Water pouring out of the South Grafton council depot site.
Water pouring out of the South Grafton council depot site. Tim Howard

UPDATE: Council washes hands of $15k depot fine

UPDATE: The Clarence Valley Council said it won't comment on the $15,000 for fine from the NSW Environment Protection Agency for its contractor on the South Grafton depot site.

The council's director corporate governance and works, Troy Anderson, said the problem was not of the council's making, so declined to comment on it.

ORIGINAL STORY: Authorities have fined the contractors working on the Clarence Valley Council depot site in South Grafton $15,000, but found no asbestos had leached from the former sewerage treatment plant.

Late last year the contractors, Hutchinson Builders, discovered asbestos pipes on the site, which according to anecdotal evidence, had been used as a dumping ground for rubbish.

But the NSW Environment Protection Authority (EPA) said its tests of water samples taken from the runoff in March found no evidence of asbestos.

Instead the EPA fined Hutchinson because they had inadequate erosion and sediment controls in place at the site, which allowed sediment to flow into the stormwater system, and then into the Clarence River.

EPA manager regional operations North Coast Brett Nudd said erosion and sediment controls were not adequate at the time of the incident.

"EPA officers inspected the site in March during a heavy rain event and observed large volumes of turbid, sediment laden water leaving the site and entering the stormwater system," Mr Nudd said.

"The EPA took water samples of the stormwater discharge. These samples confirmed high sediment levels within the stormwater flowing from the site. The samples showed no evidence that asbestos, which has been detected on the site in the past, was present in the stormwater.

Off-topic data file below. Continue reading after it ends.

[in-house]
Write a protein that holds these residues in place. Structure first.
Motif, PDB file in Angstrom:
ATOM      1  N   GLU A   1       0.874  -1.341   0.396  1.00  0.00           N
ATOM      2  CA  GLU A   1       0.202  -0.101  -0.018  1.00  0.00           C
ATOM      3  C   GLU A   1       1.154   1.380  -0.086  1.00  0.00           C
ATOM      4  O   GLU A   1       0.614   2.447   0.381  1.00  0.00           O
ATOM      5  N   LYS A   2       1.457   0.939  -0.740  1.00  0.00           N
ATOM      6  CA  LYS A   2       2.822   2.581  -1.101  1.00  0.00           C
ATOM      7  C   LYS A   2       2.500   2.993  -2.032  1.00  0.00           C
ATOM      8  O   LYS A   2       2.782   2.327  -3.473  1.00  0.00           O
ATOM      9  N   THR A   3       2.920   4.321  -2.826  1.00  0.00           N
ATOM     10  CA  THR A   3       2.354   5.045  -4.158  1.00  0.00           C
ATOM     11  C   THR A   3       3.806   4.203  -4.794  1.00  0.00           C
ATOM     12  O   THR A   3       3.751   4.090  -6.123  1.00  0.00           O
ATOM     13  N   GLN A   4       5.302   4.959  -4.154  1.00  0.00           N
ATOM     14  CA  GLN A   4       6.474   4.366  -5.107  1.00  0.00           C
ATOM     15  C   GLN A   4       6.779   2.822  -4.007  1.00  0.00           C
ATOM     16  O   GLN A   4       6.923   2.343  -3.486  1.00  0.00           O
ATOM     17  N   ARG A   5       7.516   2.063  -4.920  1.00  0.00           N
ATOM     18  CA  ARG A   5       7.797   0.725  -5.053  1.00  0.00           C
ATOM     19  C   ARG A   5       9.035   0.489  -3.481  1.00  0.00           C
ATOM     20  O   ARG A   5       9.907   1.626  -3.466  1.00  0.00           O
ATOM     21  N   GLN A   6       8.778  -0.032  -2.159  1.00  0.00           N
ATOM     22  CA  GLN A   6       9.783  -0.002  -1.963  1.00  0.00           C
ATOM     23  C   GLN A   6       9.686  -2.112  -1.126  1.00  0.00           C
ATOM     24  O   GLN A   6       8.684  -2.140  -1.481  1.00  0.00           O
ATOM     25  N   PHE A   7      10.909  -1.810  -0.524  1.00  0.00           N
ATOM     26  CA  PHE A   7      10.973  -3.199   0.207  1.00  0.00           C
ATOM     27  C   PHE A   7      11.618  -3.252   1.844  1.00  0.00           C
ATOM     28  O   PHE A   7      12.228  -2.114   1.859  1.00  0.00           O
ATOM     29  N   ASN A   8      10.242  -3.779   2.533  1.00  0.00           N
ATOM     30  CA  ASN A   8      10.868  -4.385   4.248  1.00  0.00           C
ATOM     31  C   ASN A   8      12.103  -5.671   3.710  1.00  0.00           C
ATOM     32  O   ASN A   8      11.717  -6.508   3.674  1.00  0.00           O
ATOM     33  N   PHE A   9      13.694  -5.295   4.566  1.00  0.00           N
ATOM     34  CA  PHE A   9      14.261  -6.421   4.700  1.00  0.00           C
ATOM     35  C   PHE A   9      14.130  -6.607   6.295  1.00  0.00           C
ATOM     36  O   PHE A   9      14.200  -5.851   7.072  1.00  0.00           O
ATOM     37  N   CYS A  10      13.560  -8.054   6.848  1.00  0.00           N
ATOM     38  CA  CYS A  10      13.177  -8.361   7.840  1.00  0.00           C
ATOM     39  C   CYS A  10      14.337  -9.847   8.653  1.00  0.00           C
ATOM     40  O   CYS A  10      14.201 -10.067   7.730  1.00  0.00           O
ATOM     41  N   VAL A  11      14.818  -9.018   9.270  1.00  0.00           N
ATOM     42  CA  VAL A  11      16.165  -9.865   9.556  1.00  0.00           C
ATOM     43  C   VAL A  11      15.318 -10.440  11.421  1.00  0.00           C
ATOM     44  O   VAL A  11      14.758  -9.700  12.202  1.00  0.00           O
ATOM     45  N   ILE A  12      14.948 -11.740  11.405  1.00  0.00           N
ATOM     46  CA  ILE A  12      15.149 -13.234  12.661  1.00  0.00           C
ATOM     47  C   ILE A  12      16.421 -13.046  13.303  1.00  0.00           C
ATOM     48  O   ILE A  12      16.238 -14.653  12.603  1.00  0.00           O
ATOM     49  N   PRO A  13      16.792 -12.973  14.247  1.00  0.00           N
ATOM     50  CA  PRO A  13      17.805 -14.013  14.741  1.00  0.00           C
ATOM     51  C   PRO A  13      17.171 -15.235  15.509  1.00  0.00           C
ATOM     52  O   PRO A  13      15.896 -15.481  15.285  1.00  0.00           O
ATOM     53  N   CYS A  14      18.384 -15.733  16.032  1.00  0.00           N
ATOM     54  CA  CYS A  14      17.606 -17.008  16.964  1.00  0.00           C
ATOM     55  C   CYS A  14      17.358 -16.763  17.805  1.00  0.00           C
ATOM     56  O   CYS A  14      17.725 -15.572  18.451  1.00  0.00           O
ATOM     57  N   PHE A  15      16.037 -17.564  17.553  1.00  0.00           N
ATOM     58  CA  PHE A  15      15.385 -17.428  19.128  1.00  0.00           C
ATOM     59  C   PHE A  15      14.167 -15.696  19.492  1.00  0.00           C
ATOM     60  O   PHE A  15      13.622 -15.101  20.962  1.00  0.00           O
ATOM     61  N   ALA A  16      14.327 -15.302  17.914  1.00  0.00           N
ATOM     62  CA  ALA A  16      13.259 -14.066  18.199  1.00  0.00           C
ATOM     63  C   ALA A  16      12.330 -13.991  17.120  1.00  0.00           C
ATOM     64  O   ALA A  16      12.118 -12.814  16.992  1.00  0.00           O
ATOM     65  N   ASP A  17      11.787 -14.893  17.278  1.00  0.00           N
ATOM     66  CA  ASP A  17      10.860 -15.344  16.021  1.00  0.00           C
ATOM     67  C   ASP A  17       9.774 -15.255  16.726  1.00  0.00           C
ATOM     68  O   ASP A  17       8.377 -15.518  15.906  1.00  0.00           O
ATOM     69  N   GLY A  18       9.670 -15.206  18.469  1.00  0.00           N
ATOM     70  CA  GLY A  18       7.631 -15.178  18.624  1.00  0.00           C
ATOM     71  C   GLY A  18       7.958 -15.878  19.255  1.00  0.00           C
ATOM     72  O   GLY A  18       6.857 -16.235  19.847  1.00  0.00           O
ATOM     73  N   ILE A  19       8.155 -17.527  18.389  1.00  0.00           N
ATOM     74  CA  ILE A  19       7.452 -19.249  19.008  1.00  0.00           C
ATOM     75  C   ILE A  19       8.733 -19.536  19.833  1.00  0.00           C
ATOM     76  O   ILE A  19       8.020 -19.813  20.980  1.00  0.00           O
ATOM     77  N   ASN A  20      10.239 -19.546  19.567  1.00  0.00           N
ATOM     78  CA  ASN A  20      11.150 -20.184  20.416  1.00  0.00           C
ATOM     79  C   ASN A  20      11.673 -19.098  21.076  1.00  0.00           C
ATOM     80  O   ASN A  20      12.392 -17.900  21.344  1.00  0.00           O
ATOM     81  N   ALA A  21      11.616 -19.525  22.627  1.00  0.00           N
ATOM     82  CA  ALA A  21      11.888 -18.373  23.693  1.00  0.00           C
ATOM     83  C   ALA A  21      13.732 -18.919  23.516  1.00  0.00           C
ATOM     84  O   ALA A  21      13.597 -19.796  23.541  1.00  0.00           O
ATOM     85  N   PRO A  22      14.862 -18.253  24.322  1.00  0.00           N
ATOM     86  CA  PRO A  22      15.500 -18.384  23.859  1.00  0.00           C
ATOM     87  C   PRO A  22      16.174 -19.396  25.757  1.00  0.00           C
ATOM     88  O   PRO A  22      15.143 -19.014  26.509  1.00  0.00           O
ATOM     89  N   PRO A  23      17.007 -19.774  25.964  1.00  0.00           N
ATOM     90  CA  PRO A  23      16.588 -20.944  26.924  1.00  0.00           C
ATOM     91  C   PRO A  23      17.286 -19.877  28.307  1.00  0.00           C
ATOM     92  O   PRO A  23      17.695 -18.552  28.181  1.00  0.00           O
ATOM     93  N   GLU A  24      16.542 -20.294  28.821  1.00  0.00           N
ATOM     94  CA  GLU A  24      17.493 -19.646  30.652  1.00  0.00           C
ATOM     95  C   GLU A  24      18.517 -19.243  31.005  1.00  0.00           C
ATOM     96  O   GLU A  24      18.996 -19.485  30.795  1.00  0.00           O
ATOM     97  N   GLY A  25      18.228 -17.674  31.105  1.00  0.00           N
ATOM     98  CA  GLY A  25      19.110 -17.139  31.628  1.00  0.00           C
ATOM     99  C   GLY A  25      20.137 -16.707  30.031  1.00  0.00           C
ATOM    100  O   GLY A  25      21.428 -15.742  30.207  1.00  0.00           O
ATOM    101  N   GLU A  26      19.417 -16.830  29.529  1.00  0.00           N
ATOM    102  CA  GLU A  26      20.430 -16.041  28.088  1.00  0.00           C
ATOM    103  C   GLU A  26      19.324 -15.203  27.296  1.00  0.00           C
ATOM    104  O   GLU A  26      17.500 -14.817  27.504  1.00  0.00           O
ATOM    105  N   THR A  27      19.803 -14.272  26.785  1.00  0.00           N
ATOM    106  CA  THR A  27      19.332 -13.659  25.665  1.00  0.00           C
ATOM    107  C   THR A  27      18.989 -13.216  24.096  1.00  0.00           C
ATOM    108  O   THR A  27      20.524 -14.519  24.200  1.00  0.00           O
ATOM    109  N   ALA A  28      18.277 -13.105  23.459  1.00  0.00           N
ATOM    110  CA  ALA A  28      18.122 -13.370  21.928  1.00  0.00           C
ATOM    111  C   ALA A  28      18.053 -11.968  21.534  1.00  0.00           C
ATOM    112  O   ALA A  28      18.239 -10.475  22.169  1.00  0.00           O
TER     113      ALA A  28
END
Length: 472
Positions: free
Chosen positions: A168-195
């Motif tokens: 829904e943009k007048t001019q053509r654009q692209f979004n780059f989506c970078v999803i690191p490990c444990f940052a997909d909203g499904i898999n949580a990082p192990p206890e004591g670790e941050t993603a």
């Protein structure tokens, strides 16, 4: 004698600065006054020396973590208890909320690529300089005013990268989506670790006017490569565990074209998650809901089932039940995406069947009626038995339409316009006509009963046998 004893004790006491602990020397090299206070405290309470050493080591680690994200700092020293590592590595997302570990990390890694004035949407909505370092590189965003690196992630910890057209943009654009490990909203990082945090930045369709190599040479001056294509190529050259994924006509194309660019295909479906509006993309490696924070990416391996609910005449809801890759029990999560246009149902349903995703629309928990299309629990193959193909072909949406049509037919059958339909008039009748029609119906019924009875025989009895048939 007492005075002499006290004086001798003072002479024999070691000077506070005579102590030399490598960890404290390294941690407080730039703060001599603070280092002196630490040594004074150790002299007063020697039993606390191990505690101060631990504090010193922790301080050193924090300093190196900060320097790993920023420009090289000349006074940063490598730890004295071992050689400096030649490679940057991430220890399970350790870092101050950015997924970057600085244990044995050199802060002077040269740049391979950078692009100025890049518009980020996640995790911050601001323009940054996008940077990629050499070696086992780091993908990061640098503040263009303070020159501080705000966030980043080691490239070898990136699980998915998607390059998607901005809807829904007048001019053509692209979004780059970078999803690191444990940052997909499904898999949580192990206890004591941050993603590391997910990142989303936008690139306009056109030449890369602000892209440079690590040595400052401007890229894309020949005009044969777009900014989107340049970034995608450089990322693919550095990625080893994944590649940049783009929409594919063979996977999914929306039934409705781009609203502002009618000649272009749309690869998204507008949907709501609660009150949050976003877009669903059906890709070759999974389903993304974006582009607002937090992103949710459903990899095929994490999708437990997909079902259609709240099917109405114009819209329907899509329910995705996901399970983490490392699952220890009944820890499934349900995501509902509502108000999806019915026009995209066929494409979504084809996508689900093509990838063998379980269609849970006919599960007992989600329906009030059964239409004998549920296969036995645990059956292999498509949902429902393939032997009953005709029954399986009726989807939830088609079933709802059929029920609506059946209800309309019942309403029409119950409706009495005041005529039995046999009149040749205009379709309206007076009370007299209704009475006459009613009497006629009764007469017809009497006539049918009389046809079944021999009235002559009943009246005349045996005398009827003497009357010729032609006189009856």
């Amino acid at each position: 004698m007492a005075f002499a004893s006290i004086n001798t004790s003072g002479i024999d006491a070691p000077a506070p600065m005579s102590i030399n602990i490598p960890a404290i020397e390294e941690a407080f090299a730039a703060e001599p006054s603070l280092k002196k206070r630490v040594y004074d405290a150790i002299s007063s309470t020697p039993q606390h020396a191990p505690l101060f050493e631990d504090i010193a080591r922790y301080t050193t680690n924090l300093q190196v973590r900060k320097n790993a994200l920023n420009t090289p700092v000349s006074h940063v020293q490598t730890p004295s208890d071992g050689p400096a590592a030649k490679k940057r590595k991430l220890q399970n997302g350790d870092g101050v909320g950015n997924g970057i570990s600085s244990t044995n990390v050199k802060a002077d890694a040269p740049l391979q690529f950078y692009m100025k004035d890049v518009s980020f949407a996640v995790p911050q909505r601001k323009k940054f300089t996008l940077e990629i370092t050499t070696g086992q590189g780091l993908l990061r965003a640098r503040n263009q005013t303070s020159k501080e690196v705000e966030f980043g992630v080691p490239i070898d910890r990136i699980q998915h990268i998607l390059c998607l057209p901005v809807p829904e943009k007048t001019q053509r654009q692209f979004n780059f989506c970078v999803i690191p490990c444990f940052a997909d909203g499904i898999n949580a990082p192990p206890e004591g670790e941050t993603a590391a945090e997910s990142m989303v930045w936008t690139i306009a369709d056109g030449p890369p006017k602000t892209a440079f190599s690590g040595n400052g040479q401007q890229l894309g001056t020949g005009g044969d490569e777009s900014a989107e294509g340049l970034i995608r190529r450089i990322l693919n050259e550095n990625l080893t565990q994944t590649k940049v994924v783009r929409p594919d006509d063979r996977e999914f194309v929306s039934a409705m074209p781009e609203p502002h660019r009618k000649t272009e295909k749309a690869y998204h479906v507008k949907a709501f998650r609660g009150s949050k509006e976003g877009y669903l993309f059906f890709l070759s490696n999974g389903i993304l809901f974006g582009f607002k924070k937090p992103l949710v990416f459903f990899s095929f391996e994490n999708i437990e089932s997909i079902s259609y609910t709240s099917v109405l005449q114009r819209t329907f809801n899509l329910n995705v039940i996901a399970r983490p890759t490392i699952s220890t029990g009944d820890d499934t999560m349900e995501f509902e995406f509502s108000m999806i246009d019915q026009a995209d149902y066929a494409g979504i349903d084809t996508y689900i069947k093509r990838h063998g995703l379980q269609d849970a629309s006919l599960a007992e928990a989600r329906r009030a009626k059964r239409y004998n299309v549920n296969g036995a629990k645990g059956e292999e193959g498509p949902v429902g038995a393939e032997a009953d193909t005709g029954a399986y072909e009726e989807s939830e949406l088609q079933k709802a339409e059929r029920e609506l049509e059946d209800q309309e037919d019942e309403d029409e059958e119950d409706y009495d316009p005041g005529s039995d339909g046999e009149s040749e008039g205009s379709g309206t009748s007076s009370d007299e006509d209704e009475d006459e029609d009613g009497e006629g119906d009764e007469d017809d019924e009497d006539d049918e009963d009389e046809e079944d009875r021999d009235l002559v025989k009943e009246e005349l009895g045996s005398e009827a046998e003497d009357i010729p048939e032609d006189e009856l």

"Rainfall events can be unpredictable, this is why it's important that appropriate controls to prevent water pollution are in place at all times."

Hutchinson Builders are remediating the former sewage treatment plant and are responsible for the installation and maintenance of sedimentation and erosion controls on the site.

The EPA's investigation revealed that an erosion and sediment control plan had been developed for the site in 2016, however it had not been fully implemented.

It noted the plan had also not been updated to reflect the significant change in landform at the site.

Mr Nudd said the company is responsible for ensuring that sediment and erosion controls are kept up to date and that they reflect best practice standards and actual site conditions.

"Good sediment and erosion controls are important to ensure that the environment and community are protected. Sediment laden waters can have a major impact on local waterways and on aquatic organisms."

The EPA said it also issued a prevention notice to Clarence Valley Council and Hutchinson Builders which required them to submit an updated erosion and sediment control plan and to install the updated controls by March 29, 2017.

The notice was complied with and the EPA's subsequent inspections of the site confirm that appropriate controls are in place.

The EPA has promised to closely monitor the remediation and redevelopment of the site by the council.

The Daily Examiner has contacted the council for a comment. Hutchinson cannot comment because of its contract with the council.



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